Enchanted Forest

The pros: The kids got to see all of their favourite fairy-tale characters, and even got to step into their homes. The fifty-foot high tree house was a big hit with the kids. The nature walk and 800-year old cedar grove was a nice touch for mom and dad.

The cons: None.

I’ve been to several tourist traps that offer a gimmick, but not much substance. The glass house on Kootenay Lake comes to mind, which costs $10 per person for a ten-minute walk through a weird house. But the Enchanted Forest was well worth the $40 admission for our family.

3. Skye Trek Adventure Park

Another reason we were glad to have stopped at the Enchanted Forest was that we discovered a new attraction called Skye Trek Adventure Park (same location). The majority of the trekking course was too advanced for our kids, but Skye Trek did have an outdoor jungle gym where kids could climb up rope ladders, navigate their way across a giant spider net, and speed down a fully netted zip-line.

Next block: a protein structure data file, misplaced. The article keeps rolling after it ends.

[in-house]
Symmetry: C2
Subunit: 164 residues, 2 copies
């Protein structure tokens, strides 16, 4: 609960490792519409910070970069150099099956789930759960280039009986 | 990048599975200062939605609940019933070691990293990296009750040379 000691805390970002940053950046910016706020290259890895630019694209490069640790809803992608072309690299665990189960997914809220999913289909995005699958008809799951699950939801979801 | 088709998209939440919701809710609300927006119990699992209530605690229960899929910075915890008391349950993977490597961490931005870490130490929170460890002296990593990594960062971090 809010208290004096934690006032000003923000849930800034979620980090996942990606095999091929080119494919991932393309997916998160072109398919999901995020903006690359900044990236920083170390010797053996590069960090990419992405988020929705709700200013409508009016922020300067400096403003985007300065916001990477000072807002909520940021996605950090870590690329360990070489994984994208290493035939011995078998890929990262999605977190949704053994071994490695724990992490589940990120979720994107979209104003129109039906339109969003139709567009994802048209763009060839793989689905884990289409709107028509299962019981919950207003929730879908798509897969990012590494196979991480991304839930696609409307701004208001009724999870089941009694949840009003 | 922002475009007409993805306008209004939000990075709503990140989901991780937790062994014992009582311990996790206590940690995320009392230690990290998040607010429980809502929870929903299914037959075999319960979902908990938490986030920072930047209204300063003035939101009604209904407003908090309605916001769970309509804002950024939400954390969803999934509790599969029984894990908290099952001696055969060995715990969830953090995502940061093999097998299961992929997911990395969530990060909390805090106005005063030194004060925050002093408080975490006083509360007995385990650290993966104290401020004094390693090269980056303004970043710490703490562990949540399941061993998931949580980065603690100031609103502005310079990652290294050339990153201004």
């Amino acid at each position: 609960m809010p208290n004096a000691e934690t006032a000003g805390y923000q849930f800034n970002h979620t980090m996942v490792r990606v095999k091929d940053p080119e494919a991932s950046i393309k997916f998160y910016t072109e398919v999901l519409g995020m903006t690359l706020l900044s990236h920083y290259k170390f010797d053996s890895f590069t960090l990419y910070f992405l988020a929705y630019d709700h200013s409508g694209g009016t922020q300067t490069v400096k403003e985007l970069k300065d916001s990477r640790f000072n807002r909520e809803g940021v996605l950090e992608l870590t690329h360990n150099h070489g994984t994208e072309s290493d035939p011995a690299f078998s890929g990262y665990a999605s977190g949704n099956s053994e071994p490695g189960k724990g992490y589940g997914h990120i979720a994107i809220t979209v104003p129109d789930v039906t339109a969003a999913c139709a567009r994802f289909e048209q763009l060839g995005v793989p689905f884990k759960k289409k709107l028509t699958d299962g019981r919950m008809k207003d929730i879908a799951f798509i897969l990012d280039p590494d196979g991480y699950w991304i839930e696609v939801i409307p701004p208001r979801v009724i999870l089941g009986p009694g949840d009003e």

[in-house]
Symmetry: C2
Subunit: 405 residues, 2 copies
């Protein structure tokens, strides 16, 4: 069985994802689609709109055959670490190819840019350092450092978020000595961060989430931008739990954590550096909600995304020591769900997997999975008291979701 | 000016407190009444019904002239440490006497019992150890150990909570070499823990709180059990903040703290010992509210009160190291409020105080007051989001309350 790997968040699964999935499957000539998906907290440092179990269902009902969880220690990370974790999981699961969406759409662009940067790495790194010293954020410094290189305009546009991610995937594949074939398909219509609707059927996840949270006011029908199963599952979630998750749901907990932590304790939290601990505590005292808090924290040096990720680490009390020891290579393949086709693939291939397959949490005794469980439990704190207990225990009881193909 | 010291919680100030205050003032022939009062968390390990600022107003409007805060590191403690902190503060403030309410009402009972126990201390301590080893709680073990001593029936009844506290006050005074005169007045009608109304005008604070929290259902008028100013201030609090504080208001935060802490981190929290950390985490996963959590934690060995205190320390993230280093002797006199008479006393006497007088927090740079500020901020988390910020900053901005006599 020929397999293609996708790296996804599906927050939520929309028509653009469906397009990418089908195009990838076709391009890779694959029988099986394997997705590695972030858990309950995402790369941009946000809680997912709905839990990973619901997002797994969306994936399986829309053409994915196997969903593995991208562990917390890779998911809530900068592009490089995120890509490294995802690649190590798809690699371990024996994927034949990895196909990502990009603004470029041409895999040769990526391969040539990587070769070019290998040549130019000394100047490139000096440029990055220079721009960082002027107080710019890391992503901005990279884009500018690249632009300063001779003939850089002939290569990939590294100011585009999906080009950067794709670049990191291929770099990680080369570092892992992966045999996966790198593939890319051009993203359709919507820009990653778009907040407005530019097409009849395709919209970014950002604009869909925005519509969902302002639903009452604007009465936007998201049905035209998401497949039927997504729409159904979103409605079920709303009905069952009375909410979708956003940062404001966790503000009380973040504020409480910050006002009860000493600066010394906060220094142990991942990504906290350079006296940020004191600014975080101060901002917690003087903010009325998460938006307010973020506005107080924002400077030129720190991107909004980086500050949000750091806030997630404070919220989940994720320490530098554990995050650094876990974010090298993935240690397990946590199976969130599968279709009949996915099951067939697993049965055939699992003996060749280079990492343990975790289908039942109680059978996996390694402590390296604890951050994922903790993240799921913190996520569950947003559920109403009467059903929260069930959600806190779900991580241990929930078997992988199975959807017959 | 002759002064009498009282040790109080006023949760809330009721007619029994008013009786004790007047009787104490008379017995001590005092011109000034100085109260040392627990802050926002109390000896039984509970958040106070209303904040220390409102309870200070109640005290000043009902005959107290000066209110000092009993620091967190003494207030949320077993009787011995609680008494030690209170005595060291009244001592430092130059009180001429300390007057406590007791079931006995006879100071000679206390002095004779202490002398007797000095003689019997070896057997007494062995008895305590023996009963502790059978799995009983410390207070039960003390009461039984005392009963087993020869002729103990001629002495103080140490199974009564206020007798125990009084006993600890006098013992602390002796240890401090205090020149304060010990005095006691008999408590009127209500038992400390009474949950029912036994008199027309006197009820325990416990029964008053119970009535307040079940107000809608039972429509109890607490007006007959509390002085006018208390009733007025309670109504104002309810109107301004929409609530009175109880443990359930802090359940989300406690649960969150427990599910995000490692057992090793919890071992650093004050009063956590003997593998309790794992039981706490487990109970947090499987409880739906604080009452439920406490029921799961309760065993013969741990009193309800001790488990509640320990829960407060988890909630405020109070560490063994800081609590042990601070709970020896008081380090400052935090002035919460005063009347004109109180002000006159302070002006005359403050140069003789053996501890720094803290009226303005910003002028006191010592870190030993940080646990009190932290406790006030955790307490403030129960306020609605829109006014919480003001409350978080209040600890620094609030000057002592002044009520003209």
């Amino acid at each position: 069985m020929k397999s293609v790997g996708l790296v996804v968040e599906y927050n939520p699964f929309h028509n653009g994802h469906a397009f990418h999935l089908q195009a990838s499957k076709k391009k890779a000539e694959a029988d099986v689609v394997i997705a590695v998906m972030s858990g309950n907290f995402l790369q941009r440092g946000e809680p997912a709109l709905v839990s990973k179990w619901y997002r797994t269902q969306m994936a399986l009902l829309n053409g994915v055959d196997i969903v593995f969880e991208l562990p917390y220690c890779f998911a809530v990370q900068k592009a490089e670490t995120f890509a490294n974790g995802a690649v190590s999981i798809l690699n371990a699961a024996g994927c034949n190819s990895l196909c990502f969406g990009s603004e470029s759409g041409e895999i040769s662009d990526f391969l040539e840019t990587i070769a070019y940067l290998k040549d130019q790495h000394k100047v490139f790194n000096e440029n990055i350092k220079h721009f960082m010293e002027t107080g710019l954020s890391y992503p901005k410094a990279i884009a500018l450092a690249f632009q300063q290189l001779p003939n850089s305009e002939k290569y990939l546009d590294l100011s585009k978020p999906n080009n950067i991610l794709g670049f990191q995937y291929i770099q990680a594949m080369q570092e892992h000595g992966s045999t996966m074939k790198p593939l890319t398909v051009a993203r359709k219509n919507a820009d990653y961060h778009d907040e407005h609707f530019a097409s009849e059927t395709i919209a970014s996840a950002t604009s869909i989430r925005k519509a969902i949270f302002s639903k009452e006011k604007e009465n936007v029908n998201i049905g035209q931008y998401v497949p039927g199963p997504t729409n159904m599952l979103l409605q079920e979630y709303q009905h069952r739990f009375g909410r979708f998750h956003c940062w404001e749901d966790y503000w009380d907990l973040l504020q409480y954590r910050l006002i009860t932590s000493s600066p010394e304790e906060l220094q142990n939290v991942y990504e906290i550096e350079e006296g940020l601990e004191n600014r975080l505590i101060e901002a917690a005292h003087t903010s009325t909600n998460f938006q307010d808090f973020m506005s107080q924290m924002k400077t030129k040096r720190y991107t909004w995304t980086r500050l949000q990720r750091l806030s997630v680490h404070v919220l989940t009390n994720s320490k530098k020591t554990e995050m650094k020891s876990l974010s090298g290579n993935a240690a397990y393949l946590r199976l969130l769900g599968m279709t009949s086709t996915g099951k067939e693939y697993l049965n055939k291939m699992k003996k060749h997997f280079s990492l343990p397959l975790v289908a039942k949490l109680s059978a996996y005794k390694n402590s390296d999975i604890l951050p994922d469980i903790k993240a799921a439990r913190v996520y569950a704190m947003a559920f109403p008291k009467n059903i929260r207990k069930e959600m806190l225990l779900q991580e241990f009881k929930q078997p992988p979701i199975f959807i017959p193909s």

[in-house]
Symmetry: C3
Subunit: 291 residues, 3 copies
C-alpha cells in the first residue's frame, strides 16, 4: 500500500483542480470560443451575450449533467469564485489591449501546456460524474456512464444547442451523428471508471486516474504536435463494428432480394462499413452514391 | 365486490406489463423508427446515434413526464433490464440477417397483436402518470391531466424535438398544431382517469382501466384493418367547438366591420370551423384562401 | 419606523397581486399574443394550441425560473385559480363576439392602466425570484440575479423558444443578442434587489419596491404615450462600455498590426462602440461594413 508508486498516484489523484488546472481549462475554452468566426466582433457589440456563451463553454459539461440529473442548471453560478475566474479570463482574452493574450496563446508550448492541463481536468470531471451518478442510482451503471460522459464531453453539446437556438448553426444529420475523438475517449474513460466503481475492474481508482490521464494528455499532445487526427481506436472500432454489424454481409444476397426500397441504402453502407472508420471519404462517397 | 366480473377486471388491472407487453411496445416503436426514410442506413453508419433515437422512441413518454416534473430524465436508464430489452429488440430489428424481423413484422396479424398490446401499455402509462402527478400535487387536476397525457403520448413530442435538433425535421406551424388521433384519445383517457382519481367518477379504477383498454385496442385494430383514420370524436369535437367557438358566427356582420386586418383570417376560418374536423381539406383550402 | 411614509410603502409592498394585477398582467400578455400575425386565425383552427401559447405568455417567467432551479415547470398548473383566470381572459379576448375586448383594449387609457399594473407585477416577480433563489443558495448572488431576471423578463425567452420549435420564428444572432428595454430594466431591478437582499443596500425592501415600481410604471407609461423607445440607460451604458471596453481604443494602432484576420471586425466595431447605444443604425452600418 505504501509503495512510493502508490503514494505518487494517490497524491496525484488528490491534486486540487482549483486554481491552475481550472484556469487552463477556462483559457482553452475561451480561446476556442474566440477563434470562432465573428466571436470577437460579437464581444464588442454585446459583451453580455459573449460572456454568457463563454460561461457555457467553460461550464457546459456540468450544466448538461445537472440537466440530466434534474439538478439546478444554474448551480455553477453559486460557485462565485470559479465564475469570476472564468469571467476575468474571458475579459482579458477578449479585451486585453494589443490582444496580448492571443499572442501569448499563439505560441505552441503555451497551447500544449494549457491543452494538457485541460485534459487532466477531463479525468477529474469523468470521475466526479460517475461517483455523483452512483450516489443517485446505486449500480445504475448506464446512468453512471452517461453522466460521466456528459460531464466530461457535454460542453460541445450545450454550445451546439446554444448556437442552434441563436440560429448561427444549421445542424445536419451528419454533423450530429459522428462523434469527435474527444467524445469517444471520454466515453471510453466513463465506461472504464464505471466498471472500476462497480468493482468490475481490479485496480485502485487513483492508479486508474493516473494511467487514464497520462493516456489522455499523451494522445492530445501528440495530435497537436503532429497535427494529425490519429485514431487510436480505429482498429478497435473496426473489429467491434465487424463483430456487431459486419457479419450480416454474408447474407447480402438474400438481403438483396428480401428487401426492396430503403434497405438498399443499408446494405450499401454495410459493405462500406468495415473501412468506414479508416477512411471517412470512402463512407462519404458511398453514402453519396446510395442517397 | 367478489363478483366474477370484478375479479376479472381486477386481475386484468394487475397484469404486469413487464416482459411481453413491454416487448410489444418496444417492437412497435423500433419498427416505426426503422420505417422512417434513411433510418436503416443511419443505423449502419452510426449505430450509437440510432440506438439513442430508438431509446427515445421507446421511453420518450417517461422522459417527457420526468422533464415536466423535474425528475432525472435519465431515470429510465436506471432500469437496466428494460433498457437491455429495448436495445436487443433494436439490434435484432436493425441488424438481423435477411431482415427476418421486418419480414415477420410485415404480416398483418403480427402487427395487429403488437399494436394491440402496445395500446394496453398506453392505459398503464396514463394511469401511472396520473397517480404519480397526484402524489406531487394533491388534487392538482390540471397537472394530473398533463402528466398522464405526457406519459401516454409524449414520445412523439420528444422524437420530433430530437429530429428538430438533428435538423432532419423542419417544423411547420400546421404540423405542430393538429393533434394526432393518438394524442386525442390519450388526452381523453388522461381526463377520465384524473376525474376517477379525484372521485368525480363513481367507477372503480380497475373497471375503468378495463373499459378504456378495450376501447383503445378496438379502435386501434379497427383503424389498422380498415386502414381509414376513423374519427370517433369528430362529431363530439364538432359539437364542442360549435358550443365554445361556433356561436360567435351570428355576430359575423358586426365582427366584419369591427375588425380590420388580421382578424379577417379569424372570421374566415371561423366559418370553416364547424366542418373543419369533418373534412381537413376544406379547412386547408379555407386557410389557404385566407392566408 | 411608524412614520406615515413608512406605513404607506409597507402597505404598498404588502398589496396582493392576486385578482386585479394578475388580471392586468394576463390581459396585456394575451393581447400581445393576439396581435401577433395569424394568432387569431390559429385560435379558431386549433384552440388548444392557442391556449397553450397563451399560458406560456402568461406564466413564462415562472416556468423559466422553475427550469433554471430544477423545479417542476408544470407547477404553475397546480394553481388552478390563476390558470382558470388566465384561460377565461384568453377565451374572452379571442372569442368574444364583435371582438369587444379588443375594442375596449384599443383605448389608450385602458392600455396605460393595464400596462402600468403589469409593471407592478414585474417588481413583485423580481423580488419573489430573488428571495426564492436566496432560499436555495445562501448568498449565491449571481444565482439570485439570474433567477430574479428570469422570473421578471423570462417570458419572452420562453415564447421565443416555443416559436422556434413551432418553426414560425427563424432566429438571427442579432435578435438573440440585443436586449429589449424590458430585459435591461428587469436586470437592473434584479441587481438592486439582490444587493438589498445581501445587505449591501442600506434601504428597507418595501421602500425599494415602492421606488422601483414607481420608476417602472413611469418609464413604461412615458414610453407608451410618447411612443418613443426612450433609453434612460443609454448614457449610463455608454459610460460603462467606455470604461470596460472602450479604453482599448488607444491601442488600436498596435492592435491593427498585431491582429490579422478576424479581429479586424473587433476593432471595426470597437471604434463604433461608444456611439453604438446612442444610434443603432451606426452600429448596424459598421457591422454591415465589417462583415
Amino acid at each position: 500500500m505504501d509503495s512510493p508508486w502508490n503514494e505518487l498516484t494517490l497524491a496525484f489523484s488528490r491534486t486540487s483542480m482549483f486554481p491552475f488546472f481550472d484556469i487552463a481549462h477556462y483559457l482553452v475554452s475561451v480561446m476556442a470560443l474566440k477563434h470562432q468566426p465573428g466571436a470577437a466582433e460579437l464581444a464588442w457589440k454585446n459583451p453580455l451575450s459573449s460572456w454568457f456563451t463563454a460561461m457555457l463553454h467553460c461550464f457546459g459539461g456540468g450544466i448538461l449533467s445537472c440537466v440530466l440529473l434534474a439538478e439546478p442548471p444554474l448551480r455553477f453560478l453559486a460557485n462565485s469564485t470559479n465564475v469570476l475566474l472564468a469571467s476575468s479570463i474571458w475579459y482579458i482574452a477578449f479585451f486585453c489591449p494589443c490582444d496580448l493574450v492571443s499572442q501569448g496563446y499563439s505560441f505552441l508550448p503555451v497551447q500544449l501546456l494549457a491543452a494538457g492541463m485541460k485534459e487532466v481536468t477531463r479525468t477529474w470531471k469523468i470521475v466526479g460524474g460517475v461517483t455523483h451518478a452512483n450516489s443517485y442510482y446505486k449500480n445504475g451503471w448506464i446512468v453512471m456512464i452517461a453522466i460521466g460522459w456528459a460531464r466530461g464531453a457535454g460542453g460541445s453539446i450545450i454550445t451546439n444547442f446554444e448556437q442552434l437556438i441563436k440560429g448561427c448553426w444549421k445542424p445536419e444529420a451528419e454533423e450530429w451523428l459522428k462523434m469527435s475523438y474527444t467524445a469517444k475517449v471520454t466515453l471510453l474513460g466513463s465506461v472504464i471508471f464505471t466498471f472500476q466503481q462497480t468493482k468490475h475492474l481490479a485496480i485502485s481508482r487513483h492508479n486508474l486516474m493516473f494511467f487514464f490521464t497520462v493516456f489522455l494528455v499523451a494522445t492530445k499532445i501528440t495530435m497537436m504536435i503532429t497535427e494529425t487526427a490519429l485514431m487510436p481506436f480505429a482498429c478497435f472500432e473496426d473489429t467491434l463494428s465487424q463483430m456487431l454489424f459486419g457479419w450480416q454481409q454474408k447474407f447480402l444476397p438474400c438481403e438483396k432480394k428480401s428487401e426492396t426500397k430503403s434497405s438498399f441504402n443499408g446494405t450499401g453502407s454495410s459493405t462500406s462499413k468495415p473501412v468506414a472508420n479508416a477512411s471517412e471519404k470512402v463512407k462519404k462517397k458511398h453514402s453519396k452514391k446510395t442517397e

Skye Trek

The pros: A unique outdoor playground where our kids could test their limits and take unlimited laps around the climbing course.

The cons: The kids’ jungle gym was a lot of fun, but at $20 per child it was pricey – even for unlimited use of the course. Our youngest only made one parent-assisted lap around the course (she’s 3).

Skye Trek activities are mostly geared towards older children and adults. There’s a kids tree adventure, climbing wall, and an aerial trekking course. We’ll definitely be back when the kids are a bit older.

2. Kangaroo Creek Farm

Short of a trip to Australia, where else can you pet a kangaroo, hold a baby joey, feed an emu, and have a four-week old sugar-glider jump onto your shoulders?

Kangaroo Creek Farm in Lake Country B.C. was incredible. I couldn’t believe how such a strange menagerie was thriving in this little B.C. farm, and how well the animals were treated by the owners and staff.